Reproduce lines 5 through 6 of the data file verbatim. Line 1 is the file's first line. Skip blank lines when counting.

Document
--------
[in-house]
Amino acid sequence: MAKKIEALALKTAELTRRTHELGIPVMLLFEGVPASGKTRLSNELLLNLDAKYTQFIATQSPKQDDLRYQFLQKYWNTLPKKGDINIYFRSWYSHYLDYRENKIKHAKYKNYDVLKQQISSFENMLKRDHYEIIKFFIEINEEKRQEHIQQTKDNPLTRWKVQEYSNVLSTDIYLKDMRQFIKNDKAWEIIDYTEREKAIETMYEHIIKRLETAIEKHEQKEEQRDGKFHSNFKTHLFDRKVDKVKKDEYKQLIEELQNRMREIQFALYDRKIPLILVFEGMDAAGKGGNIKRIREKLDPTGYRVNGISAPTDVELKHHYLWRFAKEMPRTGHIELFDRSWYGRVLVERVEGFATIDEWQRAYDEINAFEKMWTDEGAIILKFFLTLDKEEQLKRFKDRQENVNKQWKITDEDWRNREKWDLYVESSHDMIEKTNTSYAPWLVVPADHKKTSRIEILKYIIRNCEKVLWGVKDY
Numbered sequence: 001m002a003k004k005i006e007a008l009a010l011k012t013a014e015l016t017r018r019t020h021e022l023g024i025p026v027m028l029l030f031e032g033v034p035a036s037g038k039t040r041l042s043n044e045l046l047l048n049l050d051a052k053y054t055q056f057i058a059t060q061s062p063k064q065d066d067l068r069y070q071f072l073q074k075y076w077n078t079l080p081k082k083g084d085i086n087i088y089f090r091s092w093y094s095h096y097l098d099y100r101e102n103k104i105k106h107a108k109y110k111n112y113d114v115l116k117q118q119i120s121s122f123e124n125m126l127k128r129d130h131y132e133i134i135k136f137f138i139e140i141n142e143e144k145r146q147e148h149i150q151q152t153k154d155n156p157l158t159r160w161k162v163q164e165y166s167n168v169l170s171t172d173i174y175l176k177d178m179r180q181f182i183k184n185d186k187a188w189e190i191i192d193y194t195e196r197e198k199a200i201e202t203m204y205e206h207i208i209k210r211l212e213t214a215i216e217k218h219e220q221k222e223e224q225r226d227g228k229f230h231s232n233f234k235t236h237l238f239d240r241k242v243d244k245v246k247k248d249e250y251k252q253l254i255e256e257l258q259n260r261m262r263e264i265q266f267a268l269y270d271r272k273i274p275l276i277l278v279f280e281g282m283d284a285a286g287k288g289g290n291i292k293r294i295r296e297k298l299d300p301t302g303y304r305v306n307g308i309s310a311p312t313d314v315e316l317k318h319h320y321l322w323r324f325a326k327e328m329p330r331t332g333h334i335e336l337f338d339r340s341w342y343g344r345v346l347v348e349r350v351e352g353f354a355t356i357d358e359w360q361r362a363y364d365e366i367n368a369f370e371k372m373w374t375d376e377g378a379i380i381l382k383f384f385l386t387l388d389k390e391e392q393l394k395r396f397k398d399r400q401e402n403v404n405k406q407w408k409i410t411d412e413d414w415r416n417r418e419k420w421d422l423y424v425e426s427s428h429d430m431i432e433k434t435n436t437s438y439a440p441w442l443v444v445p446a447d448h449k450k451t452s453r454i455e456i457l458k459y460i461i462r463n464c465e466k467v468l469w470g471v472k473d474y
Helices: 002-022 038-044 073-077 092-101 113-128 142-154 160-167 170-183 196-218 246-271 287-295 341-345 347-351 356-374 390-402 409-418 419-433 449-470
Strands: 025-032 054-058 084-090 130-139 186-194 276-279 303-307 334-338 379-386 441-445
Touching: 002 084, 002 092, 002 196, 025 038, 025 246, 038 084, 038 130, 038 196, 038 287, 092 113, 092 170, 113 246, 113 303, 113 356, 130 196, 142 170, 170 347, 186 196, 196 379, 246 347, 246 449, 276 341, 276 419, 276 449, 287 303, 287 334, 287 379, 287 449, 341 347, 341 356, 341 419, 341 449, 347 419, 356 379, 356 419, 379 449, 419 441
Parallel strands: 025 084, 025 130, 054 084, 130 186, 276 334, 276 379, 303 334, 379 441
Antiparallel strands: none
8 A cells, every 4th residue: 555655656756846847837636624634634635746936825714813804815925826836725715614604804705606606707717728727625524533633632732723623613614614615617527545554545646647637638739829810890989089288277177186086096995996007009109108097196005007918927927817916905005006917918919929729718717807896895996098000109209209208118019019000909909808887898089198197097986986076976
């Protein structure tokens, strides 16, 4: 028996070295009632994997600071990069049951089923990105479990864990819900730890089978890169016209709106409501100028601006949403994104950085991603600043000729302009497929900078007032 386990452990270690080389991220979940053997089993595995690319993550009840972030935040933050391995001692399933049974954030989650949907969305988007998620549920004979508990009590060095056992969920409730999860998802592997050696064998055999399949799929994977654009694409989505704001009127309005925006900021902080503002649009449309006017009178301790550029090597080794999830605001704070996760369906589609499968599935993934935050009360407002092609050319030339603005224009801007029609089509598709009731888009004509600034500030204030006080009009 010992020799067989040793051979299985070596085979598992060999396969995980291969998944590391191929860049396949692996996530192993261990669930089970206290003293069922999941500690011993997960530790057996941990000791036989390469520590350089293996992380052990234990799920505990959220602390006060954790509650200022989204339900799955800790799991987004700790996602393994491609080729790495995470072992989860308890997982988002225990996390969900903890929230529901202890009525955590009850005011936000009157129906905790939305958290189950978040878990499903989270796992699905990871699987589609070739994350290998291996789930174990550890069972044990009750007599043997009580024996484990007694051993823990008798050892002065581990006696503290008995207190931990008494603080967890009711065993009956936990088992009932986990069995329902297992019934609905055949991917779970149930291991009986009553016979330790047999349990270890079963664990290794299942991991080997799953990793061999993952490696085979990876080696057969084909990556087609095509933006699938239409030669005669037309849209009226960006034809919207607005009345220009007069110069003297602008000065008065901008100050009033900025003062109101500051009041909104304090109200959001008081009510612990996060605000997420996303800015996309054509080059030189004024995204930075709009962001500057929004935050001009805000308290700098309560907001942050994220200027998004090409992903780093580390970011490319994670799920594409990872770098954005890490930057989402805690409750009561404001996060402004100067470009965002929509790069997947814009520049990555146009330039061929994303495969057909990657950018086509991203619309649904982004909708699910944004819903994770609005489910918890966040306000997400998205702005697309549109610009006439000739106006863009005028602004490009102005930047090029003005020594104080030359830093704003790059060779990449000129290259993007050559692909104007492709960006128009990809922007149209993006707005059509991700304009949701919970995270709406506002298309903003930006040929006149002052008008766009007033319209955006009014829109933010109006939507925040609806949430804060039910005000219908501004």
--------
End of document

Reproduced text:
Strands: 025-032 054-058 084-090 130-139 186-194 276-279 303-307 334-338 379-386 441-445
Touching: 002 084, 002 092, 002 196, 025 038, 025 246, 038 084, 038 130, 038 196, 038 287, 092 113, 092 170, 113 246, 113 303, 113 356, 130 196, 142 170, 170 347, 186 196, 196 379, 246 347, 246 449, 276 341, 276 419, 276 449, 287 303, 287 334, 287 379, 287 449, 341 347, 341 356, 341 419, 341 449, 347 419, 356 379, 356 419, 379 449, 419 441